The term “substance abuse” has historically been a term associated with “addiction”. However, every substance abuser is not an addict (as addiction is an actual disease and abuse is behavioral). I have found that oftentimes this creates confusion, apprehension and ultimately has a negative impact on "how" society views the disease of addiction, or, is willing to engage in any productive dialogue on the topic. How many times have you heard someone say…”sure...I drink (or, recreationally use some substance), but I’m not an addict”.
It is estimated that between 13 and 15% of the U.S. population suffer from actual addiction. Generally, these stats are gathered from hospital admissions of individuals whose addiction has become physically disabling or life threatening. Substance abuse on the other hand is obviously far more prevalent and individuals may abuse substances for a life time, yet be fully functioning without any major dire consequence and invisible to statistical inquiry.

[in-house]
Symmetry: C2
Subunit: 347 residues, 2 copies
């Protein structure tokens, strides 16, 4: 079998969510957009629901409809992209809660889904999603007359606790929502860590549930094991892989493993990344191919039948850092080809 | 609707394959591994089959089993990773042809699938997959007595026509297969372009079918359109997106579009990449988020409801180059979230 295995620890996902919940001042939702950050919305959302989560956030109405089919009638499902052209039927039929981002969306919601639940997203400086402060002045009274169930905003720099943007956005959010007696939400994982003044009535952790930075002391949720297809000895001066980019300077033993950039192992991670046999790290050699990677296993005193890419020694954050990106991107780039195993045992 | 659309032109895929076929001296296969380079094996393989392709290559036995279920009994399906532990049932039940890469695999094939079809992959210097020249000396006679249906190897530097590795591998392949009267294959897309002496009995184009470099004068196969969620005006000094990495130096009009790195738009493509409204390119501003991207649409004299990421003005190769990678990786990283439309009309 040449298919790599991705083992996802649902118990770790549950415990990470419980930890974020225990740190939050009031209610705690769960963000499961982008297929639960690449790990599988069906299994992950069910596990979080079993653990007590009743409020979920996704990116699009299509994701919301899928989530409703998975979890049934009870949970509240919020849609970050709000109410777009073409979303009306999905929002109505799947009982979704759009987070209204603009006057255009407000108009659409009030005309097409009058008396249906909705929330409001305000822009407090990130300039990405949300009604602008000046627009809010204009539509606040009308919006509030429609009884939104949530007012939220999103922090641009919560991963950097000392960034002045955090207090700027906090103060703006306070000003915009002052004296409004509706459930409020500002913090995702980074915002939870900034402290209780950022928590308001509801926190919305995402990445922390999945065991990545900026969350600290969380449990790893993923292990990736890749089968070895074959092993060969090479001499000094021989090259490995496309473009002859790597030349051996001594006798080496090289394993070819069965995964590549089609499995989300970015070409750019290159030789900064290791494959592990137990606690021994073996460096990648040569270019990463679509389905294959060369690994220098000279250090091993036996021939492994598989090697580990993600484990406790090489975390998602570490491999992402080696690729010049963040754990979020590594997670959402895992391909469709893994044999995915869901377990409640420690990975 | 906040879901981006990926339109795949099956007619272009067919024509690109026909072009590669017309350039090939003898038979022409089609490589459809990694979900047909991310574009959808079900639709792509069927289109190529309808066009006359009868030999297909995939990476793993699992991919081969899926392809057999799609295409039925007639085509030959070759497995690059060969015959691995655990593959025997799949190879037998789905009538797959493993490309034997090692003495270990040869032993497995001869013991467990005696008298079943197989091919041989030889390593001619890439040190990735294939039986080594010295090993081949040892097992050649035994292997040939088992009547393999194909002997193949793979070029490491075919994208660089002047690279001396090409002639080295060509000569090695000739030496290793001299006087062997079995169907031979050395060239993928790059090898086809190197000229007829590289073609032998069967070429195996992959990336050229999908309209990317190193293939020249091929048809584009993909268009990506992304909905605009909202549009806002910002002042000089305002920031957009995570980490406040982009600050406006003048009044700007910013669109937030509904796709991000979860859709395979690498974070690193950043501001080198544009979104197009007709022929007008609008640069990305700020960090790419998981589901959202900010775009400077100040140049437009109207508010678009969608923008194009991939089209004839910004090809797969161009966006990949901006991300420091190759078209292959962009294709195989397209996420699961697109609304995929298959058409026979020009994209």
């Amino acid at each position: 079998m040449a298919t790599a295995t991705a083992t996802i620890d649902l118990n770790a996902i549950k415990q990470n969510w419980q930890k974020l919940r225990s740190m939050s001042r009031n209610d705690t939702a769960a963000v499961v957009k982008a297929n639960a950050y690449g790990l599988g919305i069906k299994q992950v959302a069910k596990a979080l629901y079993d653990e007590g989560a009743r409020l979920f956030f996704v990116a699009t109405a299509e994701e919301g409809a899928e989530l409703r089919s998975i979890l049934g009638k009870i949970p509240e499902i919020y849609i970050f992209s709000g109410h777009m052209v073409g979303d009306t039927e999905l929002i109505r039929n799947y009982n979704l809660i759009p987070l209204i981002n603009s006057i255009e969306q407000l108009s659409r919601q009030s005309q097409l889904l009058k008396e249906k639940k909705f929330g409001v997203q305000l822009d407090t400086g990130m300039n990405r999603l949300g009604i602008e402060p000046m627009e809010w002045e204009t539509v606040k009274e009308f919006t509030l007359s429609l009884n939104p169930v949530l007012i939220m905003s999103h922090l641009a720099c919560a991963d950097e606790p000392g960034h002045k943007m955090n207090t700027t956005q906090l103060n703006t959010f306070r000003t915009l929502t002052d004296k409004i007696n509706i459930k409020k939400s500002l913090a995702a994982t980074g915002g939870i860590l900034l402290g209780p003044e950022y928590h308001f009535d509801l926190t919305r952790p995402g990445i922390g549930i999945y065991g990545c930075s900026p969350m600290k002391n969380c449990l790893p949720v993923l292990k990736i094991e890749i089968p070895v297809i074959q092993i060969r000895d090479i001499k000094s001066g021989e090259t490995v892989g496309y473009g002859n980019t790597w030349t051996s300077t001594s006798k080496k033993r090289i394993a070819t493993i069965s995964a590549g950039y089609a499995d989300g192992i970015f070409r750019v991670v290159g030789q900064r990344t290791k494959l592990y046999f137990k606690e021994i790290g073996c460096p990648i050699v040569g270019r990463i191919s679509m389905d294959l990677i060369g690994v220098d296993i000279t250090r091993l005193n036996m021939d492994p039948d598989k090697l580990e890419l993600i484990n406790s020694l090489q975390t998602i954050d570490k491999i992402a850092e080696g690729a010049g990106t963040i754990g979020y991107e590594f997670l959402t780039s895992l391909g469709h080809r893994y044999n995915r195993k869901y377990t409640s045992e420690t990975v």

Accordingly, as a collective society - what is it that we are really speaking about?
My personal opinion is that the answer to this question is that we are speaking about “impairment”. The point when substance use and/or abuse leads to actual physical impairment and consequently progresses through the chronic (and, ultimately life-threatening) stages of addiction. Although this may be a minor point, I truly believe as a society, it is imperative to properly define and direct both dialogue and research on the national level. We need to lead in what it is that researchers are actually trying to discover. Is our inquiry looking at the effect that substance use and/or abuse has both physically and mentally upon an individual? Or, are we examining substance use and/or abuse whereby an individual begins to suffer from actual physical and mental impairment and subsequent addiction? I believe it to be both. However, there is an important need to re-examine and re-direct our discussions on substance abuse, impairment and addiction and clarify how our society understands this complex multi-factorial state of being.
Raymond G. Ferrero III, Esq. - Addiction Recovery Legal Services, LLC